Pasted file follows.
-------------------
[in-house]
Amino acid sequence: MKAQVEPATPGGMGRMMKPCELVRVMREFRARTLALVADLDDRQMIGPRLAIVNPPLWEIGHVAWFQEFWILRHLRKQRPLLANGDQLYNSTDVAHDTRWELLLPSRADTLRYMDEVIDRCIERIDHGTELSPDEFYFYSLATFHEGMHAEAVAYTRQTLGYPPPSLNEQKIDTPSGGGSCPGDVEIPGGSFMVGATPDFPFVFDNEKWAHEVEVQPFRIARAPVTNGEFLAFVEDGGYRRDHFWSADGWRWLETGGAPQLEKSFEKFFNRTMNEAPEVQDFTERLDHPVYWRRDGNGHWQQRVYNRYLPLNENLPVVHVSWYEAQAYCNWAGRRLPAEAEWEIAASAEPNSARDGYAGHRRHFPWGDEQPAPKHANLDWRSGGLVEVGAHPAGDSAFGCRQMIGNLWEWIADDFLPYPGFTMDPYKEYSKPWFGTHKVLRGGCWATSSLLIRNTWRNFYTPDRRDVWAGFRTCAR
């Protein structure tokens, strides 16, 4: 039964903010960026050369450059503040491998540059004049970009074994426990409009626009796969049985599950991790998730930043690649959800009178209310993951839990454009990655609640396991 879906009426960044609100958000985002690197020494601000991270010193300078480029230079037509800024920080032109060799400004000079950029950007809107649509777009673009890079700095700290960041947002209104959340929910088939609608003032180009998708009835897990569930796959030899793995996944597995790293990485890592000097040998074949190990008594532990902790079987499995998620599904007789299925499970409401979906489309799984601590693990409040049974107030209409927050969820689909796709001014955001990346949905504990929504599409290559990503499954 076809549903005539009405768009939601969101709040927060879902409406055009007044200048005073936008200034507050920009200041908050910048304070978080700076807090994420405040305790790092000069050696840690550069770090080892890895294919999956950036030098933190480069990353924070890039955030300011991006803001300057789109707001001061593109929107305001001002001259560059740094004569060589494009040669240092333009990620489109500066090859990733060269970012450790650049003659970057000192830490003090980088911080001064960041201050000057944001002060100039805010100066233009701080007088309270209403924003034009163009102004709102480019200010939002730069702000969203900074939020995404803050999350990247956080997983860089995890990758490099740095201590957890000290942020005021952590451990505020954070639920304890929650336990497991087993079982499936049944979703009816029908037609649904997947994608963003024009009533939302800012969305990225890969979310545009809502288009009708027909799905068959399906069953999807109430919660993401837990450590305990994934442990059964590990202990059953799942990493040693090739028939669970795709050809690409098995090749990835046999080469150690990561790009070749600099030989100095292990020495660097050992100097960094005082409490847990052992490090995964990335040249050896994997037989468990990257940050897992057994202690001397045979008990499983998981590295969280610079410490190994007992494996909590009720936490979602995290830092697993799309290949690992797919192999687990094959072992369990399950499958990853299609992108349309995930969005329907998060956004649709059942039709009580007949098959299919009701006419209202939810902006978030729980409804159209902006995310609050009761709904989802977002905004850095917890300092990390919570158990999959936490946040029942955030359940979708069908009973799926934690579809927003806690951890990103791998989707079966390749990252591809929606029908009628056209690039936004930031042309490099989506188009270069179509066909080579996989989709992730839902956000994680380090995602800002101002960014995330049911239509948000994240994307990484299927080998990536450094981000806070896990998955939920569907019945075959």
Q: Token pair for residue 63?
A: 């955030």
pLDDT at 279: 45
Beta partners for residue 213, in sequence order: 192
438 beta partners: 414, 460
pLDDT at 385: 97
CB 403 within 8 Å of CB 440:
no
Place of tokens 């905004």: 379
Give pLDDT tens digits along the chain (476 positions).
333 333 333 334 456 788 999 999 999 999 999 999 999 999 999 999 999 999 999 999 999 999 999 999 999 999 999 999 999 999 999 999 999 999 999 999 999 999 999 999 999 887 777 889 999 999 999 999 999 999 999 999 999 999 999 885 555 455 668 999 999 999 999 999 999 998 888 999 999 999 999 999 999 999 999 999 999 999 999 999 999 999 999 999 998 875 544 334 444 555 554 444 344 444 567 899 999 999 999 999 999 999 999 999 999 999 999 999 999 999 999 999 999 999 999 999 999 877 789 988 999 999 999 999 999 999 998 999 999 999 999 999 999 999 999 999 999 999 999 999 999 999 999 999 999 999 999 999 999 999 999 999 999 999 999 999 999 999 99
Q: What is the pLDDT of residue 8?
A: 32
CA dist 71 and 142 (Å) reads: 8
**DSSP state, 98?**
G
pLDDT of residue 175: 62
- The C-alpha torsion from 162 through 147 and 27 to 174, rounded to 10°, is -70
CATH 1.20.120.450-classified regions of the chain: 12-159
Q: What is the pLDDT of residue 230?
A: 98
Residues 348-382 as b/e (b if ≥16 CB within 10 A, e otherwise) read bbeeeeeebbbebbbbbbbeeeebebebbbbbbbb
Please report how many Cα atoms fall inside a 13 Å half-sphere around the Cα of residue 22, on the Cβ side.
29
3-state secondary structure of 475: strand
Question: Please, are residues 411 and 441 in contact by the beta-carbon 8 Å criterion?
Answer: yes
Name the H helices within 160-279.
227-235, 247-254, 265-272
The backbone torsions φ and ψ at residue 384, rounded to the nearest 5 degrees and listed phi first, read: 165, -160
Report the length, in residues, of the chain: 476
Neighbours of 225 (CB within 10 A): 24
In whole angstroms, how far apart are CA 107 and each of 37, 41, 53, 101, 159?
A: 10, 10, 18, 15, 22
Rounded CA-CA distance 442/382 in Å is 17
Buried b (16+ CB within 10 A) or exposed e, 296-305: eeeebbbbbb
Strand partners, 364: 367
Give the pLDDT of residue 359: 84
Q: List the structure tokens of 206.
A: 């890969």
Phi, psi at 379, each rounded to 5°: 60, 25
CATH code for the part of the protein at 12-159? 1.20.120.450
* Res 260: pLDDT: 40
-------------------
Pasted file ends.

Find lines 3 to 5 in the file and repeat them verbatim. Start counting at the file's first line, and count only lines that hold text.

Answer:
């Protein structure tokens, strides 16, 4: 039964903010960026050369450059503040491998540059004049970009074994426990409009626009796969049985599950991790998730930043690649959800009178209310993951839990454009990655609640396991 879906009426960044609100958000985002690197020494601000991270010193300078480029230079037509800024920080032109060799400004000079950029950007809107649509777009673009890079700095700290960041947002209104959340929910088939609608003032180009998708009835897990569930796959030899793995996944597995790293990485890592000097040998074949190990008594532990902790079987499995998620599904007789299925499970409401979906489309799984601590693990409040049974107030209409927050969820689909796709001014955001990346949905504990929504599409290559990503499954 076809549903005539009405768009939601969101709040927060879902409406055009007044200048005073936008200034507050920009200041908050910048304070978080700076807090994420405040305790790092000069050696840690550069770090080892890895294919999956950036030098933190480069990353924070890039955030300011991006803001300057789109707001001061593109929107305001001002001259560059740094004569060589494009040669240092333009990620489109500066090859990733060269970012450790650049003659970057000192830490003090980088911080001064960041201050000057944001002060100039805010100066233009701080007088309270209403924003034009163009102004709102480019200010939002730069702000969203900074939020995404803050999350990247956080997983860089995890990758490099740095201590957890000290942020005021952590451990505020954070639920304890929650336990497991087993079982499936049944979703009816029908037609649904997947994608963003024009009533939302800012969305990225890969979310545009809502288009009708027909799905068959399906069953999807109430919660993401837990450590305990994934442990059964590990202990059953799942990493040693090739028939669970795709050809690409098995090749990835046999080469150690990561790009070749600099030989100095292990020495660097050992100097960094005082409490847990052992490090995964990335040249050896994997037989468990990257940050897992057994202690001397045979008990499983998981590295969280610079410490190994007992494996909590009720936490979602995290830092697993799309290949690992797919192999687990094959072992369990399950499958990853299609992108349309995930969005329907998060956004649709059942039709009580007949098959299919009701006419209202939810902006978030729980409804159209902006995310609050009761709904989802977002905004850095917890300092990390919570158990999959936490946040029942955030359940979708069908009973799926934690579809927003806690951890990103791998989707079966390749990252591809929606029908009628056209690039936004930031042309490099989506188009270069179509066909080579996989989709992730839902956000994680380090995602800002101002960014995330049911239509948000994240994307990484299927080998990536450094981000806070896990998955939920569907019945075959």
Q: Token pair for residue 63?
A: 């955030």